Educator Spotlight: Matthew Bengtson on Loving Music, the Piano Sonata and How Both Music and Go Provide Limitless Possibilities

Hannah Triester, Communications Fellow

Matthew Bengtson
Assistant professor of music Matthew Bengtson

Matthew Bengtson is an Assistant Professor of Piano Literature at the University of Michigan School of Music, Theatre and Dance, where he teaches studio piano and fortepiano, and courses and seminars in piano repertoire, history and culture. Critically acclaimed as a “musician’s pianist,” Bengtson has a unique combination of musical talents ranging from extraordinary pianist, to composer, analyst, writer, scholar of performance practice, and educator. Recently, he translated this range of skills into Michigan Online’s three-part course series “Exploring Piano Literature: The Piano Sonata,” only on Coursera. 

Learn More | Telling the Story of the Piano Sonata in New Three-Course Series

Though we offer a deep dive into his online course series here, we wanted to know a little bit more about Matthew Bengtson as a musician, his favorite pieces of music and how the 2,500-year-old game Go and music composition are similar.

What are you most excited about with the release of the Exploring Piano Literature: The Piano Sonata series online?

I feel this is a major publication on a large-scale topic in the area of Piano Literature, using modern learning methods with a very broad accessibility across the globe. I don’t think there’s anything quite like it, so I am eager to see how people will respond to it. I think it could be appealing to a very wide range of music lovers.

What is the first piece of music you remember falling in love with and why?

There were a few pieces I can remember enjoying as a kid. I grew up in a family of church musicians, so the Widor Toccata was an early favorite. Cassette tapes were the way to listen to music in my youth, and in my tape recorder, Holst’s The Planets, Mussorgsky’s Pictures at an Exhibition, and Mozart’s Eine Kleine Nachtmusik followed me around. All are exciting pieces in their own way, and they all stimulate the imagination. With piano music, it would have been Liszt’s Hungarian Rhapsody no. 2, which I first encountered on Looney Tunes cartoons.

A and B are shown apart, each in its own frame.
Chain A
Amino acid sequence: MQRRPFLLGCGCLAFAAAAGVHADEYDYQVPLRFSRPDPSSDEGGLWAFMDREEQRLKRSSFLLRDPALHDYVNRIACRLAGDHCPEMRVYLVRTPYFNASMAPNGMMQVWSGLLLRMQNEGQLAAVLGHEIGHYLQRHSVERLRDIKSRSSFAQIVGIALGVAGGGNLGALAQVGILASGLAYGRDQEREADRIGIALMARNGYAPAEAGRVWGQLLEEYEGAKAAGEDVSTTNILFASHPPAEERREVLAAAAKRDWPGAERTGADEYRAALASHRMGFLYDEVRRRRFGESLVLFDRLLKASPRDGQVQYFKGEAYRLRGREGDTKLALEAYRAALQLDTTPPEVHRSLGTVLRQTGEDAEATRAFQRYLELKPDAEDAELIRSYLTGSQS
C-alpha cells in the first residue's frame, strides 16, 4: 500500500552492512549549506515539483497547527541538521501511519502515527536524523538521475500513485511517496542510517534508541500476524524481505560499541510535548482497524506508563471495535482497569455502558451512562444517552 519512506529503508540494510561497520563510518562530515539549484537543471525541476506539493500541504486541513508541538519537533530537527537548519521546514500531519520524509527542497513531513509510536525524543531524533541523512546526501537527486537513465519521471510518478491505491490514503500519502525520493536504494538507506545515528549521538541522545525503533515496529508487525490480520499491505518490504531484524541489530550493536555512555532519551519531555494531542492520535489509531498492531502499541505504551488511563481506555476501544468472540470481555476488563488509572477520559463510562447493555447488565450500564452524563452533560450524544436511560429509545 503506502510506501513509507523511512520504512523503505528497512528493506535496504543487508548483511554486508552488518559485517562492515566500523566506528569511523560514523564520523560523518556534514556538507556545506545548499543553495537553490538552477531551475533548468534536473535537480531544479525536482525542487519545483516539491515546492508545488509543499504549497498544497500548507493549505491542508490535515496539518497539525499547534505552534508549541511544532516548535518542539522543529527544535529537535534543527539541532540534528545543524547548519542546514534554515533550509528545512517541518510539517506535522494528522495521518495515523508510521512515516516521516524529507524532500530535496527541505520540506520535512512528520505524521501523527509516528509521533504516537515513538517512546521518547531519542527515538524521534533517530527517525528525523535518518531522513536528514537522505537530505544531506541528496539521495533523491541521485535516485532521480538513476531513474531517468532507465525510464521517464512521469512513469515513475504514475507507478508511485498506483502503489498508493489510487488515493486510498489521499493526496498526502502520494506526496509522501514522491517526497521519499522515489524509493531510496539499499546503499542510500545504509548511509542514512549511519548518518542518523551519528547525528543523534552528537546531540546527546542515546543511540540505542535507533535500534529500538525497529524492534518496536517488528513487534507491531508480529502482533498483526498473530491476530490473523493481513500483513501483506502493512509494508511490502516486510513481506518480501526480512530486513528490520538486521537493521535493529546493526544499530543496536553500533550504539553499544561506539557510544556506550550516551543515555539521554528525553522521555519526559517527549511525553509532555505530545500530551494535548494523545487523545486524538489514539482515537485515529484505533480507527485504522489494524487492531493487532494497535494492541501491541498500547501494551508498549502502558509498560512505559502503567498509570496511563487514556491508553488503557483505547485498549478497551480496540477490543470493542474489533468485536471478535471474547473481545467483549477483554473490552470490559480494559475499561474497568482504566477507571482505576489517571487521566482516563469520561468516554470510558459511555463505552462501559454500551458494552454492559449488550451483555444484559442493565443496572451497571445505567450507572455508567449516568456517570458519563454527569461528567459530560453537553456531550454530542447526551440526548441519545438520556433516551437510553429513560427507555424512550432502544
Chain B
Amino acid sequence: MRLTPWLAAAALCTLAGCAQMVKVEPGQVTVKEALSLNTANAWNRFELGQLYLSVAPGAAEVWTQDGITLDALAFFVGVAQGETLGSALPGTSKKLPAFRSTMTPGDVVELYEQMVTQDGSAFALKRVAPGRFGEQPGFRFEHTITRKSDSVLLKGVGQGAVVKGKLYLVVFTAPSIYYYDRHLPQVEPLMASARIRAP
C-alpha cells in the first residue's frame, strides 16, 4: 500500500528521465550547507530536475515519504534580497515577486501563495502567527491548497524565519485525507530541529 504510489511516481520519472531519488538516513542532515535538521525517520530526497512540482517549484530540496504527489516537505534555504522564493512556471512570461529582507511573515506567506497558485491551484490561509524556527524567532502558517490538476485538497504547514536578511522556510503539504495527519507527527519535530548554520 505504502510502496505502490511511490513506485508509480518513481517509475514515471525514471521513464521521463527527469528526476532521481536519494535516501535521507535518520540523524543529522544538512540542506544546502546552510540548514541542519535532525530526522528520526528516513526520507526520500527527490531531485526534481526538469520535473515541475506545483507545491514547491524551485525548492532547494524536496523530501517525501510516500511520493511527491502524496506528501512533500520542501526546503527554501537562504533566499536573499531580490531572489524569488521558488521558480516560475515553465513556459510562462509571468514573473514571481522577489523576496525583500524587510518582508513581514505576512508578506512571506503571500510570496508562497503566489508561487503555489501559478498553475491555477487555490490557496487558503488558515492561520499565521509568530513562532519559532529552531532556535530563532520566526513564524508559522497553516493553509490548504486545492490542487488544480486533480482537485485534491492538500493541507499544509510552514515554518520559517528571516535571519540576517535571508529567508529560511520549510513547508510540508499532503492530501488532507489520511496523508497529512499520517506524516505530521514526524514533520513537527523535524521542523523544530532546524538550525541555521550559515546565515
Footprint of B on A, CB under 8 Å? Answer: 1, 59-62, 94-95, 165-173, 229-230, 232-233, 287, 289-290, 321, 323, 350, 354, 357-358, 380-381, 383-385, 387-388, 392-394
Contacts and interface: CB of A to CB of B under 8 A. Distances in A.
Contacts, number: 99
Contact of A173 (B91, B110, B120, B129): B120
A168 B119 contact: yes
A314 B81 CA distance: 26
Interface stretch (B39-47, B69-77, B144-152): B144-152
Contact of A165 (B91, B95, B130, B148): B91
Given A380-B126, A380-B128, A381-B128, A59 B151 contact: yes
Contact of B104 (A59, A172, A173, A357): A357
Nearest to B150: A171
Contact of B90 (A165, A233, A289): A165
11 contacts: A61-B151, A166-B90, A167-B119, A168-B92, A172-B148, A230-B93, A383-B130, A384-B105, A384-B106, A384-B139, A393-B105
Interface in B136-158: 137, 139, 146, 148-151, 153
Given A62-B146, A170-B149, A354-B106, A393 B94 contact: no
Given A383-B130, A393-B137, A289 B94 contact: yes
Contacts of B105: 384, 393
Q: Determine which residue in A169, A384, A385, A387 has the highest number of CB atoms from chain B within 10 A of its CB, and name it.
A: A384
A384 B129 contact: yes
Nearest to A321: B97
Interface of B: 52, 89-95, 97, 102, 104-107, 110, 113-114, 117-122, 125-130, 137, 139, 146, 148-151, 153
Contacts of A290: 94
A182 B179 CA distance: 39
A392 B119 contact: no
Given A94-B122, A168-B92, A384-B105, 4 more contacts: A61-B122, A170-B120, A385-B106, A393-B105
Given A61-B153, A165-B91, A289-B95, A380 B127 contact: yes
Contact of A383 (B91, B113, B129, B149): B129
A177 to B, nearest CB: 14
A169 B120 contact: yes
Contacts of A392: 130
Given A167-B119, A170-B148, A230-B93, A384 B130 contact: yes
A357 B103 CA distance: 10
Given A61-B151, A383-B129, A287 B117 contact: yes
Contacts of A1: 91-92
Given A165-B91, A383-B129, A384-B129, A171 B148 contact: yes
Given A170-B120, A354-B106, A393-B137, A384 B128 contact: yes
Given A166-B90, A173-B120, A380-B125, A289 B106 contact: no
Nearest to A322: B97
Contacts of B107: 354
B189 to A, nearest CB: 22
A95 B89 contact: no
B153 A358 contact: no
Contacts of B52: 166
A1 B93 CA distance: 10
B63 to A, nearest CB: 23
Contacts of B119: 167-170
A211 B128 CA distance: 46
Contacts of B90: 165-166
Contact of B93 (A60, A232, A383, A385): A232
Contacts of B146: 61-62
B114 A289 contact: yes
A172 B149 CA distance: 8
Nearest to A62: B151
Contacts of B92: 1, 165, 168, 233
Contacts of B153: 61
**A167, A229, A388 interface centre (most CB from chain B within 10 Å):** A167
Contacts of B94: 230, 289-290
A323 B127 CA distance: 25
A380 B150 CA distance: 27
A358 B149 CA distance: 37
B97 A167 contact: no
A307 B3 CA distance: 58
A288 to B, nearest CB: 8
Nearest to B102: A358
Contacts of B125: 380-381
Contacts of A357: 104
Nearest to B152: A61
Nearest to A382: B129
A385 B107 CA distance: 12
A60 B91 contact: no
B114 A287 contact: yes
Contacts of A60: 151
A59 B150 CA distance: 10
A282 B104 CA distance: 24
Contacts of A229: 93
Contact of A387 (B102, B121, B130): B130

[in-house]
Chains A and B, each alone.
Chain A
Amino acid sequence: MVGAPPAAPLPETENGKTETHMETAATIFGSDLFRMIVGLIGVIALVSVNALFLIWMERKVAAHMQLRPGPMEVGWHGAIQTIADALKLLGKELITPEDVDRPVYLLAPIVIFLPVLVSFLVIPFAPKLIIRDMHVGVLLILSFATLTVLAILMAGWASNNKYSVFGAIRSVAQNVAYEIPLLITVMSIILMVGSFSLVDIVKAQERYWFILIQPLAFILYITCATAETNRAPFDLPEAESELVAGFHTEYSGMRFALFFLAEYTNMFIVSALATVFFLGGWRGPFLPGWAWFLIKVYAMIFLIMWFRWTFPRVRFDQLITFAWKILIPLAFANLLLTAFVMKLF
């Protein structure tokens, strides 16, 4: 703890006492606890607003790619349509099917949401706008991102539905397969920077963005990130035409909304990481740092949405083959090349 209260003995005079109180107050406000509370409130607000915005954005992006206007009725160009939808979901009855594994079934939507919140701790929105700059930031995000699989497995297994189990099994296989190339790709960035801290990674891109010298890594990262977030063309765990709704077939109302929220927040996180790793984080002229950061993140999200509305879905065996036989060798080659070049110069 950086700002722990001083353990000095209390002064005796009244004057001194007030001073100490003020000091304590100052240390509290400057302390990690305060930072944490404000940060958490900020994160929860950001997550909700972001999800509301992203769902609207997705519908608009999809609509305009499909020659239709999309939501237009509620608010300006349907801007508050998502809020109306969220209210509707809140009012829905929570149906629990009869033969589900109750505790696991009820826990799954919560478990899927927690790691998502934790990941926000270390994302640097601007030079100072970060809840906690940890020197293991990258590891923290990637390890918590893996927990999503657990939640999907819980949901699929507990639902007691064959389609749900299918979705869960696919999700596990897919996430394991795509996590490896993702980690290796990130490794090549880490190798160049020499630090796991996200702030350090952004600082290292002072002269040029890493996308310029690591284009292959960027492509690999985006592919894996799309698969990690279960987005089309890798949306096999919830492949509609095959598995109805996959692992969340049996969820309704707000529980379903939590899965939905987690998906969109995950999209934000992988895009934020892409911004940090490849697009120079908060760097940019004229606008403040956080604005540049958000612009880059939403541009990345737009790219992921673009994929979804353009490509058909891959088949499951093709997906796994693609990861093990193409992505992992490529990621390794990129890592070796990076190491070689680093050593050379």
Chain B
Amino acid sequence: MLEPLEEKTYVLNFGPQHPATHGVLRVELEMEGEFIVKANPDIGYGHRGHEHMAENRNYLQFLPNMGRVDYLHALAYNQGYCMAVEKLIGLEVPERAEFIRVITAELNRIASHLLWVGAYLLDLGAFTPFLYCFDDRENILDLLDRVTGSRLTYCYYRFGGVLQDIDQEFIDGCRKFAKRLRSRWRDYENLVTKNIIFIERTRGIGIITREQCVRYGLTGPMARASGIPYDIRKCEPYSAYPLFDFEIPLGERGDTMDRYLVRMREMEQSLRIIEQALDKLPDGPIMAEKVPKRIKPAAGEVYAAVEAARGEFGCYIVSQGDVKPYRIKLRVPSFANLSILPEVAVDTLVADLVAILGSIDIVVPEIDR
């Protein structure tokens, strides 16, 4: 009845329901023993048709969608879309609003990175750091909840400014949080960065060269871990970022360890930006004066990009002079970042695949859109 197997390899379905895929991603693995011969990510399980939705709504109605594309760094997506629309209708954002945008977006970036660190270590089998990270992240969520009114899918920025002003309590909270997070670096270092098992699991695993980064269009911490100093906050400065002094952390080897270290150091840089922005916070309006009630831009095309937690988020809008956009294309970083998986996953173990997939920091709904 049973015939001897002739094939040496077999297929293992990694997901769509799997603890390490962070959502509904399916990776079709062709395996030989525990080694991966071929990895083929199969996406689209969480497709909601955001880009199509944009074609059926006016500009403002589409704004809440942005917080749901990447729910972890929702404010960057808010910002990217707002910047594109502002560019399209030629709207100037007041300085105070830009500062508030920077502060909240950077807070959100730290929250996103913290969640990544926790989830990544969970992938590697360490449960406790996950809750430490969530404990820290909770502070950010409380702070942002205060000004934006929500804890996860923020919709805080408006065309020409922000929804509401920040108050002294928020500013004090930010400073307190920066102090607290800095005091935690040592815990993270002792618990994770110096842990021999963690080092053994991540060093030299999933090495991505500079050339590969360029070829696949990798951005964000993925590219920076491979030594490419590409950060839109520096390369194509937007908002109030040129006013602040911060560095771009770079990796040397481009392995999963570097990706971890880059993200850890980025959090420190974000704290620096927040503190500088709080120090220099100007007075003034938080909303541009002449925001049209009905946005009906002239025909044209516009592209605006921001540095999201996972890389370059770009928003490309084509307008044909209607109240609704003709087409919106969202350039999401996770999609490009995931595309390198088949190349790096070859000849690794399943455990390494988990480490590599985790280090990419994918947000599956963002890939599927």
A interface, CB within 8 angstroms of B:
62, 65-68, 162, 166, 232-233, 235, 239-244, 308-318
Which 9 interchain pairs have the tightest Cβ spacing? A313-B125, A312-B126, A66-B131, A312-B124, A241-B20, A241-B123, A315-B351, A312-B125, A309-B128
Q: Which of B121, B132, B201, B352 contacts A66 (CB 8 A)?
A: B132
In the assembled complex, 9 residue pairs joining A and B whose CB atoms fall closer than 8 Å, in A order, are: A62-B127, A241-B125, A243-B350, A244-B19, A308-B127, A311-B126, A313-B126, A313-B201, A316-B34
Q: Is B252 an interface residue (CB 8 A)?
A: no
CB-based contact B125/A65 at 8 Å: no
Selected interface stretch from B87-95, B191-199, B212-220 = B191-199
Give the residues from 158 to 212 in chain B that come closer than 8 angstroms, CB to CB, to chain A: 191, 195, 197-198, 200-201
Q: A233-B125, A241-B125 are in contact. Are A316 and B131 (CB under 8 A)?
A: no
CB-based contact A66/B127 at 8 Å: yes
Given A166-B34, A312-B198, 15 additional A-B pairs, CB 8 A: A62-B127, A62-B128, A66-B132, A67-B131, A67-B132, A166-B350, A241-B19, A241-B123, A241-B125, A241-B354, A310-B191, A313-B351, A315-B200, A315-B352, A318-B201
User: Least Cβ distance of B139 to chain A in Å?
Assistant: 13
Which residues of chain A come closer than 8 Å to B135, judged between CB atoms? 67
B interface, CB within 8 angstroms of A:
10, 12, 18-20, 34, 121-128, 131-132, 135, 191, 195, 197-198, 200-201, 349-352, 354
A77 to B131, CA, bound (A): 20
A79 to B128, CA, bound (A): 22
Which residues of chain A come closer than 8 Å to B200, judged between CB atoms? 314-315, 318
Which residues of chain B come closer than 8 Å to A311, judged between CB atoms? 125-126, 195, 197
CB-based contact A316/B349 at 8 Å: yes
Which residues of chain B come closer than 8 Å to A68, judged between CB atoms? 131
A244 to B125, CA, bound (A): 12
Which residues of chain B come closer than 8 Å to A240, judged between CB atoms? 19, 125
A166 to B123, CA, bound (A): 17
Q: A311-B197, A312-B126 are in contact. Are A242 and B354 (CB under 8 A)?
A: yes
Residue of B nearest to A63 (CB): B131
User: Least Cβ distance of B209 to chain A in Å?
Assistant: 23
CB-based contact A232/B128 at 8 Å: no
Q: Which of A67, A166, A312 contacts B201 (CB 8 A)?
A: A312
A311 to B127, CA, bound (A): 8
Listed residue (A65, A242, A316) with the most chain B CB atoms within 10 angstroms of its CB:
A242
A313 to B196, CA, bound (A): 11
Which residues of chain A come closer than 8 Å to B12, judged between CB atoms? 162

Your piano sonata course explores the sonata throughout history using recordings of older and rarer instruments, like early pianos, harpsichords, and clavichords. Which instrument was your favorite to play, and what exactly makes it unique?

Each instrument has its own unique voice. Each one will always give a sensitive musician important insight about the composer’s world and the way that their music really wants to be played and heard. All the instruments we used in the course are of very high quality, in excellent condition, and very fine examples of their kind. 

Do you have any guilty pleasure songs you absolutely love?

If I felt guilty listening to it I wouldn’t consider it good music, and then I probably wouldn’t enjoy it. Some pianists feel guilty about liking flashy, virtuosic piano music; I sometimes enjoy these kinds of pieces and sometimes I don’t; it really depends on the piece and how it’s played. If you are curious about non-Classical genres of music, I am certainly a fan of jazz and I enjoy listening to great jazz pianists like Art Tatum, Oscar Peterson, and Bill Evans, for their sense of rhythm, their mastery of the instrument, and their keen harmonic sense.

You are listed as the president of a group dedicated to the strategy game Go. What is it you love about Go, and is there any connection to the gameplay or strategy of the game that you respond to that is the same to the way you respond to or approach musical composition?

Yes, there is certainly a connection. In ancient China there were four “accomplishments,” which were music, painting, calligraphy, and go. All of these are extremely rich and artistic activities, which expand and offer new challenges as your level improves and you know them more fully. Go, like the piano, takes very simple elements (lines, intersections, patterns of white and black) and makes a seemingly infinite variety of combinations. It takes a great deal of training to appreciate the subtleties of how these patterns evolve and how to apply them effectively. In both music and go, there is an element of balance to consider between extra attention in one area, and the effect it has on the whole. The history of both music and go is filled with colorful figures with unique styles of their own, who influenced subsequent generations. It is not surprising that music is attractive to many go players.

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